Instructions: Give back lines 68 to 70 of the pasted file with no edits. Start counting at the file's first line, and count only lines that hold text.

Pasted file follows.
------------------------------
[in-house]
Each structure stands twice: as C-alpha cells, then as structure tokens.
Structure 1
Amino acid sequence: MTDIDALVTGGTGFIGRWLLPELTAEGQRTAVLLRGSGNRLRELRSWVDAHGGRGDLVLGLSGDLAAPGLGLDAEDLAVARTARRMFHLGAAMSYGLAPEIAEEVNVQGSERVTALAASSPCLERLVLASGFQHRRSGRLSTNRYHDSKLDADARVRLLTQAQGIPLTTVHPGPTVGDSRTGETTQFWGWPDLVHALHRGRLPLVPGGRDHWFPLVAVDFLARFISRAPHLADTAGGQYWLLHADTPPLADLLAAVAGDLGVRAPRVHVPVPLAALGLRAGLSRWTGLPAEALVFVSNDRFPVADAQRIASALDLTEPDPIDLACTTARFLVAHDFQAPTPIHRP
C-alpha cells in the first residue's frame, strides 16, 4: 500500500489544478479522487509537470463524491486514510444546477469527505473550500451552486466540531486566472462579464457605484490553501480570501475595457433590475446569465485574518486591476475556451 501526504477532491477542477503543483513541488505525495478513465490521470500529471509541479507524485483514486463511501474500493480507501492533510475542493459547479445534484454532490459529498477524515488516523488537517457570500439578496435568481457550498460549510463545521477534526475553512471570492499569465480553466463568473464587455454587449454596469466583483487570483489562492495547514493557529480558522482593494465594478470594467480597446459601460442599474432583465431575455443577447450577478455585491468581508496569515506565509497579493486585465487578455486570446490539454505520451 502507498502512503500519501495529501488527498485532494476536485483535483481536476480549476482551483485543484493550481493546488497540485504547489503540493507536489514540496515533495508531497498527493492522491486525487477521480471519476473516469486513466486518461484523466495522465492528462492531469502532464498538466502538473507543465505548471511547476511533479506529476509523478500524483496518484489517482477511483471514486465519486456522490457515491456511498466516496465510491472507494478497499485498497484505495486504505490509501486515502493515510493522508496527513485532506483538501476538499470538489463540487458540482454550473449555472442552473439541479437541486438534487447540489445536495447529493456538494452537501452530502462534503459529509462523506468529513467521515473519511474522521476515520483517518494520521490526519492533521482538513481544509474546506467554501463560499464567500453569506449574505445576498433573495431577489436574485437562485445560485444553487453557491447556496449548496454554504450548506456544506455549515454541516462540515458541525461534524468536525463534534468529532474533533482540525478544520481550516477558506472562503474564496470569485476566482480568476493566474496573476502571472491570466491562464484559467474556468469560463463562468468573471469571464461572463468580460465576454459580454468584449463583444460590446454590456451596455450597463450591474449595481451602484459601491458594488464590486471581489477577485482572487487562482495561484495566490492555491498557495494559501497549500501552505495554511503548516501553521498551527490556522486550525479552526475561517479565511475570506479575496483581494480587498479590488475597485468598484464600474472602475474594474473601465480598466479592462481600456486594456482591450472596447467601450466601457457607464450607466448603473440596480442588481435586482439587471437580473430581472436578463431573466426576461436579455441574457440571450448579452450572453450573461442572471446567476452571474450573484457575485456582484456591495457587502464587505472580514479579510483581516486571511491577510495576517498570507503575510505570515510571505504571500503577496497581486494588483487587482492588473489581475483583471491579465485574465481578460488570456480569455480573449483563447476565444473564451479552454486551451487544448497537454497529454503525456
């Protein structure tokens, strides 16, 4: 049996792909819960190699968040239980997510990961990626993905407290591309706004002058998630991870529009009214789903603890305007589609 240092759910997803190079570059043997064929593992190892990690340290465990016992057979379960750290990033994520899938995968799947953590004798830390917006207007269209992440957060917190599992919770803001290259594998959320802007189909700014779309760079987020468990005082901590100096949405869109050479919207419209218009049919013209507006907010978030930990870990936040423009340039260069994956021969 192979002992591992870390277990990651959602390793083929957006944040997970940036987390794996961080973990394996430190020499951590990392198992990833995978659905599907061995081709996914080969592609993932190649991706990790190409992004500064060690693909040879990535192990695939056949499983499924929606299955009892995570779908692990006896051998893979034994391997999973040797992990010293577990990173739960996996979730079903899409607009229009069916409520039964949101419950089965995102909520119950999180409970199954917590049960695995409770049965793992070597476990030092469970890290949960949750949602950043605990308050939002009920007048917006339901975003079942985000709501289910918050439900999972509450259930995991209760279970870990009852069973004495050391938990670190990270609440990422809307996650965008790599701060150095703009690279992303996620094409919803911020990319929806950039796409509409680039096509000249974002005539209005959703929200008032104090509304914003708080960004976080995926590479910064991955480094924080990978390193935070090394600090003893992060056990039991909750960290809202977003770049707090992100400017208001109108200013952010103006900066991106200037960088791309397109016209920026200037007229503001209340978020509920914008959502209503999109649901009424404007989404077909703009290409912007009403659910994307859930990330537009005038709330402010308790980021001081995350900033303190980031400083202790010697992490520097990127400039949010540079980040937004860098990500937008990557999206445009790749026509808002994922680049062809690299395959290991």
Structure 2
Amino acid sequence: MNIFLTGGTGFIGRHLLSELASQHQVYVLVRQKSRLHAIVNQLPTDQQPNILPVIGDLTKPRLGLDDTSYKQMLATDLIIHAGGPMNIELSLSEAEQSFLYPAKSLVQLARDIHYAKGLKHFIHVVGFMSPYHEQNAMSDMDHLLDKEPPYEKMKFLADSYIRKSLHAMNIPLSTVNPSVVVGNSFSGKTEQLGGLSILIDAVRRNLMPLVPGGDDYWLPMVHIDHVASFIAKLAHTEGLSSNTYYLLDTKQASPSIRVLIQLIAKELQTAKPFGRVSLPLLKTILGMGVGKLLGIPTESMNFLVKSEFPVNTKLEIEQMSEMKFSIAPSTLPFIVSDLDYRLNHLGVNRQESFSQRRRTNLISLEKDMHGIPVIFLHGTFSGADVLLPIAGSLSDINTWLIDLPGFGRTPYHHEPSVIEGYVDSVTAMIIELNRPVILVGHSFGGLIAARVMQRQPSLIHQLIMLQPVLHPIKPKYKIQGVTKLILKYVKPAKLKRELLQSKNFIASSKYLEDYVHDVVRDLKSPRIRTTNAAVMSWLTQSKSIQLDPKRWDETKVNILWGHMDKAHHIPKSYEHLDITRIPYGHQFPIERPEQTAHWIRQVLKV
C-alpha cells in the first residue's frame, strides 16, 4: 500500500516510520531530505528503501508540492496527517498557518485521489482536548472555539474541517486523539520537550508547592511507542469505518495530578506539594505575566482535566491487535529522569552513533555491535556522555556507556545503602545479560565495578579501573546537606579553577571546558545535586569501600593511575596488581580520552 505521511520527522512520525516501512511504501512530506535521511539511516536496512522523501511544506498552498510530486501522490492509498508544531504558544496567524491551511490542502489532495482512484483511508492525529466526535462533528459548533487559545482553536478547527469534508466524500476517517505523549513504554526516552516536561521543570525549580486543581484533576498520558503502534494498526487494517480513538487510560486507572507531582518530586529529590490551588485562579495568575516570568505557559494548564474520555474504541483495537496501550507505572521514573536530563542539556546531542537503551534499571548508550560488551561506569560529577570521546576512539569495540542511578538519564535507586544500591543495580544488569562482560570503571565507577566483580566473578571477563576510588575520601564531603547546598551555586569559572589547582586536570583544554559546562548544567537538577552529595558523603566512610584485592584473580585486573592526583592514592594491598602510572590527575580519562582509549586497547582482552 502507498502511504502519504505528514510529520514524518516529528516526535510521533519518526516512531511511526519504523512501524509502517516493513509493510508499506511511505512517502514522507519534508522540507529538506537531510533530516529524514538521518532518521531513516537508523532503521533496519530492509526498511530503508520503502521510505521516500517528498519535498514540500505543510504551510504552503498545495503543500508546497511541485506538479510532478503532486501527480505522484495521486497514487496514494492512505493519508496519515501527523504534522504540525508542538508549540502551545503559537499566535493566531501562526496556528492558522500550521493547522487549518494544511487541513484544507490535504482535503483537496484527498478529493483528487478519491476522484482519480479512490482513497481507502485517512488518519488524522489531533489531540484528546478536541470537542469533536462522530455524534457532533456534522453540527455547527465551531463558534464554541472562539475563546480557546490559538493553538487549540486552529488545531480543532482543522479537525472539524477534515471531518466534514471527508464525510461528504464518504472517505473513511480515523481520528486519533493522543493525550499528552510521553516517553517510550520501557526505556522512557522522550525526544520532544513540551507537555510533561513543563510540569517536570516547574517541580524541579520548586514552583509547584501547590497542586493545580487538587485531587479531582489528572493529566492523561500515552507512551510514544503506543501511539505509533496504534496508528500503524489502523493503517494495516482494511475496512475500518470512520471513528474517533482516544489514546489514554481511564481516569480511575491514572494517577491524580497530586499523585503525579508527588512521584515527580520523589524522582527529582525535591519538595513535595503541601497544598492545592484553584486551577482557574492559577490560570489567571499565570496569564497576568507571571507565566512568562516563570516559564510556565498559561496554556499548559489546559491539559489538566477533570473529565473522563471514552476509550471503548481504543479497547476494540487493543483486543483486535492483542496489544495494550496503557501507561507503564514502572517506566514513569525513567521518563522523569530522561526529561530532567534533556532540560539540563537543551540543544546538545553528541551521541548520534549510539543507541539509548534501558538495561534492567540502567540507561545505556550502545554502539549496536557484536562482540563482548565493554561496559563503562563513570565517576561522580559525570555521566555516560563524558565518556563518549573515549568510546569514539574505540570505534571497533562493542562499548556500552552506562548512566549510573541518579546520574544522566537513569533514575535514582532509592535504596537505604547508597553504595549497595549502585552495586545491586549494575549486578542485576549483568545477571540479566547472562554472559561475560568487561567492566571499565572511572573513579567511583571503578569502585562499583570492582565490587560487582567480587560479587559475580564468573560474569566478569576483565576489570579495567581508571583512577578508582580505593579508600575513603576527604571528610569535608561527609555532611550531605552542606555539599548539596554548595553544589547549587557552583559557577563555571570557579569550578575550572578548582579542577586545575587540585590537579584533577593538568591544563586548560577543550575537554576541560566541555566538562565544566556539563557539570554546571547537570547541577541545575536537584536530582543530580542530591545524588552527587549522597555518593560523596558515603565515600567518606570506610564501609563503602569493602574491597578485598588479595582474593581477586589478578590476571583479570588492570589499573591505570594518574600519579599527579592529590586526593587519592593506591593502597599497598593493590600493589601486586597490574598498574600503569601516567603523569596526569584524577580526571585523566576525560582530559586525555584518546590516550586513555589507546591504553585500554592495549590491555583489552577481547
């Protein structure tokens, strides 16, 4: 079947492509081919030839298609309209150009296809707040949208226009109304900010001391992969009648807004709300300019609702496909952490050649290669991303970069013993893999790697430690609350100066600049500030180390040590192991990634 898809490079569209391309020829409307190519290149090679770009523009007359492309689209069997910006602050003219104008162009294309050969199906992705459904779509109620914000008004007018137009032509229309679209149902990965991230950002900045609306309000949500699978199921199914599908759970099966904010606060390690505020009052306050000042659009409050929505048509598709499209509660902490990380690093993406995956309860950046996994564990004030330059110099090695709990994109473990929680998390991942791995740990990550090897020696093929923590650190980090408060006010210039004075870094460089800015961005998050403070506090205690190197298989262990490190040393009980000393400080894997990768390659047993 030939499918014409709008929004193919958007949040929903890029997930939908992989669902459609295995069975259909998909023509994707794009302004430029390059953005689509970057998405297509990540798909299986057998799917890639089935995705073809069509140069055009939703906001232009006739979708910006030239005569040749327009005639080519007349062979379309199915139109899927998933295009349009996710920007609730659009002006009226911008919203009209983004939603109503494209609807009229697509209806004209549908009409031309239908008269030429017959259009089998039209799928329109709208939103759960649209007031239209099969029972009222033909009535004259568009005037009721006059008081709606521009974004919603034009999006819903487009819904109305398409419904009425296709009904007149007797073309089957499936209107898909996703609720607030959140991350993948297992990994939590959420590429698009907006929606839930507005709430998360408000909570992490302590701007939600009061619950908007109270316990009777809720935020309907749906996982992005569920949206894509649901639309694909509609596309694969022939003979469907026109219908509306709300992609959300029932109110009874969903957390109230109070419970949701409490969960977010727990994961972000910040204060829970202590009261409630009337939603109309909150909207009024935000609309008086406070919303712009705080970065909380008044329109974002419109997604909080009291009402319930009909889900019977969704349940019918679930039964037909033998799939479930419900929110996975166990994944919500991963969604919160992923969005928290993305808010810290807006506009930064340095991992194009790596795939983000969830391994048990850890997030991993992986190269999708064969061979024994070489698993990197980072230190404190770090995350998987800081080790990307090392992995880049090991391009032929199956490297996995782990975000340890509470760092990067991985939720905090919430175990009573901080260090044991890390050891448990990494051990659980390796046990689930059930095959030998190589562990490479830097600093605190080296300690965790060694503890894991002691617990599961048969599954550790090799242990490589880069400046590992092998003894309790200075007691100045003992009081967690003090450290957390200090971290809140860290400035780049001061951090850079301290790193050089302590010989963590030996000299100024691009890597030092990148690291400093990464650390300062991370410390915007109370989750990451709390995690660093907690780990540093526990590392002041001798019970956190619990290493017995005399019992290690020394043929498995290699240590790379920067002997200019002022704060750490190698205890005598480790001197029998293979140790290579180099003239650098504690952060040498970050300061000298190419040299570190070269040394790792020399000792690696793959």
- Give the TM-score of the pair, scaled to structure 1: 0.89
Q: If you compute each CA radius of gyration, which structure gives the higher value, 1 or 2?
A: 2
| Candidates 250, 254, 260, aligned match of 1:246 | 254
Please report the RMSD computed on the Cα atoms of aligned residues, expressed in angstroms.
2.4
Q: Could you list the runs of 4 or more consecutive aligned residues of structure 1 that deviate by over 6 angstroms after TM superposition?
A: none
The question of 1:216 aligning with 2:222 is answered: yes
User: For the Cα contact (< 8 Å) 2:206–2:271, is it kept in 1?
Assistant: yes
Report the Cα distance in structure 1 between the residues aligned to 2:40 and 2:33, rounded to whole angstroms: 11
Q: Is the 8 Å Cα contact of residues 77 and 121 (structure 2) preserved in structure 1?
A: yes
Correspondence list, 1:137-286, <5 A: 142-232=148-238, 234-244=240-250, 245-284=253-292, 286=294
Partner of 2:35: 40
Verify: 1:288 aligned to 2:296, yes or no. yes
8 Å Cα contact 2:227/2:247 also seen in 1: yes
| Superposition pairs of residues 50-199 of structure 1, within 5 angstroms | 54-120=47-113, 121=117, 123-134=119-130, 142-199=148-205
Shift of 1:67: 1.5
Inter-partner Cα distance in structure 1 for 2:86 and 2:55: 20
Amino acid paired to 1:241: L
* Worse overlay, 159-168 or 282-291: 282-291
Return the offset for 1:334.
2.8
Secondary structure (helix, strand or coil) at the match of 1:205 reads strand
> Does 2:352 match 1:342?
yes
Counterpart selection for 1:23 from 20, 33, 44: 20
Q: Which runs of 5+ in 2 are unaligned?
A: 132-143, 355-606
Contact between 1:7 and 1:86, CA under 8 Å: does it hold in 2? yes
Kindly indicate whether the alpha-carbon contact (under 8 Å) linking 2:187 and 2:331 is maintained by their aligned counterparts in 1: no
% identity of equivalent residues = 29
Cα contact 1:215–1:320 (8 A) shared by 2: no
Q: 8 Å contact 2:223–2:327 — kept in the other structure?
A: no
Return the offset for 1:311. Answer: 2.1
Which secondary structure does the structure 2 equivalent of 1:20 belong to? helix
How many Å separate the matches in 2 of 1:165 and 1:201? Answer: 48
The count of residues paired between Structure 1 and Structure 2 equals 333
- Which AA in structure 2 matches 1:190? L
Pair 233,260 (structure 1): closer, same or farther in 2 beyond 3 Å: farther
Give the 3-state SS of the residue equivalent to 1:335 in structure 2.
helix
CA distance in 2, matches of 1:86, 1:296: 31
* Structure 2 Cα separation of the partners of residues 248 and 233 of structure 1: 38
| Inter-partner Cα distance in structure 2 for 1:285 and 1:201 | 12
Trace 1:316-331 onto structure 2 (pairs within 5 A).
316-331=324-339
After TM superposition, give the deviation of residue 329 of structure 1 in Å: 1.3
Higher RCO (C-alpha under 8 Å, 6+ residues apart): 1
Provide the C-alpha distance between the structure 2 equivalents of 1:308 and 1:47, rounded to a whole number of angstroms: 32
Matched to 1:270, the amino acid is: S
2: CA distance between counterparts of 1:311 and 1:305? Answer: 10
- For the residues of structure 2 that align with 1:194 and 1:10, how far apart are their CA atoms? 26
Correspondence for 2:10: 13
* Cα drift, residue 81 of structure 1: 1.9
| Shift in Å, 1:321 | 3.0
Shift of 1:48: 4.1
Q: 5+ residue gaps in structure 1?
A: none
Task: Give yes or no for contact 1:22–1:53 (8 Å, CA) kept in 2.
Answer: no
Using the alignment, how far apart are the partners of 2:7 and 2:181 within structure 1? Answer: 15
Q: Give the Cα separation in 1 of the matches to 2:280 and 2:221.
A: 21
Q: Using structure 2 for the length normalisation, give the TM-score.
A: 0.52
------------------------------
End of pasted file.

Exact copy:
* Cα drift, residue 81 of structure 1: 1.9
| Shift in Å, 1:321 | 3.0
Shift of 1:48: 4.1